RUSH Day Hospital Celebrates 30 Years of Healing

Dee Dee Sanford, MBA, BSN, RN, PMH-BC; Cheryl Siegall, MS, RN, PMHCNS-BC

Celebrating its 30th anniversary this year, RUSH Day Hospital (RDH) is a little-known gem among the Department of Psychiatry and Behavioral Sciences’ treatment programs. RDH provides intensive group therapy for higher-functioning adults with complex mental health issues. Meeting Monday through Friday between 9 a.m. and 2:30 p.m., RDH’s partial hospitalization, intensive outpatient and group therapy programs bridge the gap between full inpatient and individual outpatient treatment.

The program has long received praise. “It's a beacon of light in a world full of darkness," a reviewer from The Joint Commission once noted. “It's the only game in town," a Chicago mental health provider has said. RDH participants tell it best, having noted that it has “changed my life,” it's “by far the best treatment I have ever received,” “the staff is the best in the city” and “this program is one of the most innovative centers for mental health in the nation.”

The story of RDH begins in the early 1990s, when Jane Ulsafer-VanLanen, MSN, the late director of RUSH’s psychiatry services, consulted with Cheryl Siegall, MS, RN, PMHCNS-BC, about starting the program. Siegall subsequently left her role as assistant unit director in adult psychiatry at 13 Kellogg, where she had been for more than 15 years, to build the RDH.

Feeling a mixture of excitement and apprehension, Siegall gathered a small multidisciplinary group of like-minded, full- and part-time staff. Together they began a journey into new, unfamiliar territory.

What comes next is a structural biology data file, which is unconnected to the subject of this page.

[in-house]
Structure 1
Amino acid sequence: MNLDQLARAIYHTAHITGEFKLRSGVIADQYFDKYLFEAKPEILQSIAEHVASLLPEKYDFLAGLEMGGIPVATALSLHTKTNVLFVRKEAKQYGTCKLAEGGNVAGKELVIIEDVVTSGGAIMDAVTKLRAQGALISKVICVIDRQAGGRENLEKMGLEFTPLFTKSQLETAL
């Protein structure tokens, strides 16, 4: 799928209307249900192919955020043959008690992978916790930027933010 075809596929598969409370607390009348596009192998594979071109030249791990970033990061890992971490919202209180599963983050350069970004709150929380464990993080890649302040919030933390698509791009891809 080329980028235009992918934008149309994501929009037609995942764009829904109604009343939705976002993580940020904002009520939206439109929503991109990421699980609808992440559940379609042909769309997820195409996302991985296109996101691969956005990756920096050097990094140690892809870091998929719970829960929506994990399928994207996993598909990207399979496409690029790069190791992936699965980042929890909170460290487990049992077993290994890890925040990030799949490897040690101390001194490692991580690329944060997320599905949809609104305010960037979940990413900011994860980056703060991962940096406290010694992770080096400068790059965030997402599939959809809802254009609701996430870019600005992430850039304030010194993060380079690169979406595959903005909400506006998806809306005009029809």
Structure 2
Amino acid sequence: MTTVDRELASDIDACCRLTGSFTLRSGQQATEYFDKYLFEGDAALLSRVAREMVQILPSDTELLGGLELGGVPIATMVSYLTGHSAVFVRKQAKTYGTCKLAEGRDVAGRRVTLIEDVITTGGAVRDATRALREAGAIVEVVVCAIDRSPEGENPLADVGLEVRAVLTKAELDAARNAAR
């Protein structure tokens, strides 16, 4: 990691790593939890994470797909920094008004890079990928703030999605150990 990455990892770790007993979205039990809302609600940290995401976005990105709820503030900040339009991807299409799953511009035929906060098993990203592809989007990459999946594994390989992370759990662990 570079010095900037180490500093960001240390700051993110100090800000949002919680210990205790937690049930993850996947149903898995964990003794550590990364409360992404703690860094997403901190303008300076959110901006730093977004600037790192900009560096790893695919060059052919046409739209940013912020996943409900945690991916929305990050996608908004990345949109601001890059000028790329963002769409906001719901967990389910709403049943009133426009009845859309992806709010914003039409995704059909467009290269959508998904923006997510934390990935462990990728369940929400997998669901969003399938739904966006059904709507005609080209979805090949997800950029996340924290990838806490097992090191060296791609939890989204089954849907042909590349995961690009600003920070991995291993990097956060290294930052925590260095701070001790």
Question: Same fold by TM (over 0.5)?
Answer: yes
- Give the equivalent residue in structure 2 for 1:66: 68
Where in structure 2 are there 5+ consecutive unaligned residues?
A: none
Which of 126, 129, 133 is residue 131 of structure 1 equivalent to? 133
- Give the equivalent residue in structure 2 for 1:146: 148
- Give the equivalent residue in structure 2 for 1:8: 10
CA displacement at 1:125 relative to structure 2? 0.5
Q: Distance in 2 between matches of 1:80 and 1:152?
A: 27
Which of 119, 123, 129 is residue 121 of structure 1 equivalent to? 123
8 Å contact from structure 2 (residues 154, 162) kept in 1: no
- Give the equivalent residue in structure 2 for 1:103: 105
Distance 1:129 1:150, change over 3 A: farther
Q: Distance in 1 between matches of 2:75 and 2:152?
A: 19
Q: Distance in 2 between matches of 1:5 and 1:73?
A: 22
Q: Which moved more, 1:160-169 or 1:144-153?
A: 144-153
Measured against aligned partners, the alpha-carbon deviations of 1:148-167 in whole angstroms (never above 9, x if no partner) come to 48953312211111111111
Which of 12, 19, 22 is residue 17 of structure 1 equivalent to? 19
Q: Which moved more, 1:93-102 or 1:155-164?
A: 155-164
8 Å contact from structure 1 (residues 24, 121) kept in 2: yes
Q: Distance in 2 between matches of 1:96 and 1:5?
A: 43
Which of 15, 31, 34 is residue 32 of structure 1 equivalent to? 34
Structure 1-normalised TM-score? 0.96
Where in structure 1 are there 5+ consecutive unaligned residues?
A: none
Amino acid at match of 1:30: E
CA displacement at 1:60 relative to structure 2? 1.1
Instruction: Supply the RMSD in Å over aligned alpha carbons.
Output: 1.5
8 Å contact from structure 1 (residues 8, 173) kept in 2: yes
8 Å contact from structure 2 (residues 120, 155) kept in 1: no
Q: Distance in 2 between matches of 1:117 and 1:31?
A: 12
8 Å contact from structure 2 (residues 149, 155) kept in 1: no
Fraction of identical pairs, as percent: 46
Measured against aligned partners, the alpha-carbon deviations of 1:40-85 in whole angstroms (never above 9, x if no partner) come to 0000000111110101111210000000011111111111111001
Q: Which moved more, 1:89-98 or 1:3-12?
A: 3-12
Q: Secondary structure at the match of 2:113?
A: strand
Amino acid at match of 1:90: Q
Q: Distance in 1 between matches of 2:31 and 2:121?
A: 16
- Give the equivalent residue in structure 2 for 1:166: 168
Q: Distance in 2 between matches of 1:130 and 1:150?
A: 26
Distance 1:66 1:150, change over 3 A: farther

Siegall had a vision, which she shared with her team. The program would be centered on an interpersonal group psychotherapy model. Treatment would be insight oriented. The groups would serve as a social microcosm, providing opportunities for connection, self-exploration and corrective experiences for group members. What they learned in the group settings could then be applied to their lives outside of the group. Each of the groups in the program would support this essential work.

On May 26, 1992, the program opened with five group members. They decided to call themselves “participants" rather than patients to indicate their active participation in their treatment and recovery. From the start, Siegall worked hands-on with the participants, modeling her expertise as a therapist and her passion for her work. Since early 2008, RDH has been located on the RUSH University Medical Center campus at 2150 W. Harrison Street.

In March 2020, as COVID-19 spread, RDH transitioned from an in-person program to a virtual one in a little more than a week. The staff continued to provide individual attention to each patient's needs via phone calls to manage the transition.

A full program for roughly 40 participants was maintained for 15 months until it was safe for the group to return in person. Now, the team uses a hybrid virtual and in-person model to keep everyone safe.

The RDH staff has shared many meals, personal joys and woes over the decades, celebrating and supporting one another through birthdays and life events. What keeps the staff fully engaged is a common passion for their work, a profound care for the participants, genuine and mutual respect, a willingness to push through the hard work and hard times together and making a celebration of life together. Happy anniversary, RUSH Day Hospital. We wish you many more to come!

A participant's painting of the RDH group room.
A gift to RDH on a participant’s graduation: A participant's painting of the RDH group room. The painting became a symbol for participants during the first 15 months of the pandemic, when they met virtually.